Other wintering grounds: The species also occurs during the non-breeding season in South America between September and April (de Schauensee 1970) and South Africa between August and February or March, though some stay till May (Maclean 1994; Urban et al. 1986).
Birds from eastern Australia are thought to migrate further east than those from western Australia, perhaps traveling through Japan (Barter 2002; Minton & Serra 2001). In the East Asian-Australasian Flyway, the species moves northwards through Indonesia mainly in March and April (Strange 2001), the Philippines between March and early May (Dickinson et al. 1991), Japan between early April and early June (Dement'ev & Gladkov 1951), the Korean Peninsula in April and May (Barter 2002; Gore & Won 1971), Hong Kong in April and early May (Chalmers 1986) and the Russian Maritime Territories in May and early June (Dement'ev & Gladkov 1951; Gerasimov & Huettman 2006). In other flyways, northward migration is recorded through the Indian subcontinent in April (Grimmett et al. 1999b); in southern Africa in February and March, and further north in April and May, Europe between March and June (Cramp & Simmons 1983; Urban et al. 1986); in Central America between March and mid-April, and the United States and Canada mostly between late April and mid-May (Bent 1962; Latta et al. 2006).
Arrival back at breeding grounds
They arrive back at breeding grounds in northern Siberia between mid-May and early June (Cramp & Simmons 1983; Dement'ev & Gladkov 1951) and probably arrive back in Alaska in about May (Bent 1962).
The Yellow Sea is a very important region for this species as it supports about 80% of the estimated combined populations of Grey Plovers in the East Asia-Australasian Flyway during their northern migration. Thirteen sites in this region are of international importance (seven in China and six in South Korea), with 12 of the sites important during northward migration, seven important during southward migration, and six (Shi Jiu Tuo, Yeong Jong Do, Namyang Man, Asan Man, Mangyeung Gang Hagu and Dongjin Gang Hagu) important during both northern and southern migration (Barter 2002).
Home ranges and territories are not maintained while the birds are in Australia.
Though there are no threats that apply specifically to Grey Plovers, there are a number of threats that will affect all migratory waders.
Pollution, including industrial and discharge nutrient hyperenrichment, with subsequent eutrophication, adversely affects the number of micro-organisms which occur in the benthos of the littoral zone, which, in turn, affects the efficiency of feeding by species such as the Grey Plover (Harding et al. 2007; Straw 1992a). It may also affect the Plovers directly through heavy metals, insecticides, herbicides and similar pollutants accumulating in their tissues. Conversely, efforts to increase the efficiency of treating effluent before it is released into the greater environment may result in lower levels of bacteria and invertebrates and their larvae which constitute a major proportion of the diet of the Grey Plover.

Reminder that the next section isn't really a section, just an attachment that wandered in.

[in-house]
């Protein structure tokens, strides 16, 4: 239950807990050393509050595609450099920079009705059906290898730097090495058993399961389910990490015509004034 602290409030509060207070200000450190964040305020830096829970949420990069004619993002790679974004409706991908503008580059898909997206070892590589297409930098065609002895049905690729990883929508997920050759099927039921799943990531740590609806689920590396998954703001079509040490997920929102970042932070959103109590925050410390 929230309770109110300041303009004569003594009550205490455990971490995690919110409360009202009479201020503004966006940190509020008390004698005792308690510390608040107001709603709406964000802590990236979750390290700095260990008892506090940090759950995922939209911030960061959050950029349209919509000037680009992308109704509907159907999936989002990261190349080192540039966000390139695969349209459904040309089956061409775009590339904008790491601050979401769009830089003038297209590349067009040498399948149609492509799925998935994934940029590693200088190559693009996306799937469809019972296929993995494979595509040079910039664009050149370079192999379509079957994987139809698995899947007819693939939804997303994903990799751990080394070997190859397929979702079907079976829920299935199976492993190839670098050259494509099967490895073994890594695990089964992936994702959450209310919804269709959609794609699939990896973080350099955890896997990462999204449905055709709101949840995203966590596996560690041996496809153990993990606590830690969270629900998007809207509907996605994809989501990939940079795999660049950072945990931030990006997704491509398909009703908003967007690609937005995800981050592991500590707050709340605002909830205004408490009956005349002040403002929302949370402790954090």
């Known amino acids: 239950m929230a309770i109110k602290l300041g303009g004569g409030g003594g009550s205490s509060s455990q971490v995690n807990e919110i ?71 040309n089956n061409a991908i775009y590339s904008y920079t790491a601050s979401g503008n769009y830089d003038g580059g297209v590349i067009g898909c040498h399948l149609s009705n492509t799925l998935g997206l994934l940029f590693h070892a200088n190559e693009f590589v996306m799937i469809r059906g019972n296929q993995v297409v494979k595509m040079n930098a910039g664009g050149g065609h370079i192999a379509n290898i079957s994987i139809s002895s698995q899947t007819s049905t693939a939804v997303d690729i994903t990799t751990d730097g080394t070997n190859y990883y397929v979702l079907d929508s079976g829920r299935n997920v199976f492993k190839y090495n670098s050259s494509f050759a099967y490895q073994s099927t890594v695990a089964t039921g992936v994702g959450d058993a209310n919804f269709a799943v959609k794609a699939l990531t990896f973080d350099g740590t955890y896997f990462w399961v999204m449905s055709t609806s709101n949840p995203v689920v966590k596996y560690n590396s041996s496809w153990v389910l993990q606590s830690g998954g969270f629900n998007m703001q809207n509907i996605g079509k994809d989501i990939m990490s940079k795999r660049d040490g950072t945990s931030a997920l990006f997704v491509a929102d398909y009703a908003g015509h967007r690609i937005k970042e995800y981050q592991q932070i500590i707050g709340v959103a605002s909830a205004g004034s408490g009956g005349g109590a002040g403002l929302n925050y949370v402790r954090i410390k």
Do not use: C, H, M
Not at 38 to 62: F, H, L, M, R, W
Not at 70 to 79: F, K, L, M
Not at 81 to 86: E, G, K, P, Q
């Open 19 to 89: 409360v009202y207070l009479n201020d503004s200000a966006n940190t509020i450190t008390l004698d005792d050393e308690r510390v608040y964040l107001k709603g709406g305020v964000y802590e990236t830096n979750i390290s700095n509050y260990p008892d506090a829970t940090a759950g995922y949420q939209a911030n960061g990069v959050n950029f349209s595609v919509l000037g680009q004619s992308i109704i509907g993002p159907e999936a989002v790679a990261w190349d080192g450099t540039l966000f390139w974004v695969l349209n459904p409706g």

With increasing tourist visitation around Broome, and subsequent development, increasing levels of disturbance from human recreation are likely (Rogers 1999a).
Residential or other development of saltworks or land adjacent to mudflats near the outskirts of built-up areas (for example in areas along the western shores of Port Phillip Bay) results in a reduction of suitable habitat for the species and increased levels of disturbance (Straw 1992a).
The spread of introduced plants, such as cord grass Spartinia, can invade intertidal mudflats and reduce the amount of suitable areas to forage, as it has in other countries (Goss-Custard & Moser 1988).
There are a number of threats that affect migratory waders in the East Asian-Australasian Flyway. The greatest threat facing waders is habitat loss, both direct and indirect (Melville 1997). Staging areas used during migration through eastern Asia are being lost and degraded by activities which are reclaiming the mudflats for future development (Barter 2002, 2005c; Ge et al. 2007; Huettmann & Gerasimov 2006; Moores 2006). In many suitable staging areas along the East Asian-Australasian Flyway many intertidal areas have been reclaimed, and the process is continuing at a rapid rate and may accelerate in the near future (Barter 2002, 2005c; Wei et al. 2006). In addition, water regulation and diversion infrastructure in the major tributaries have resulted in the reduction of water and sediment flows, which compound the problem (Barter 2002; Barter et al. 1998; Melville 1997).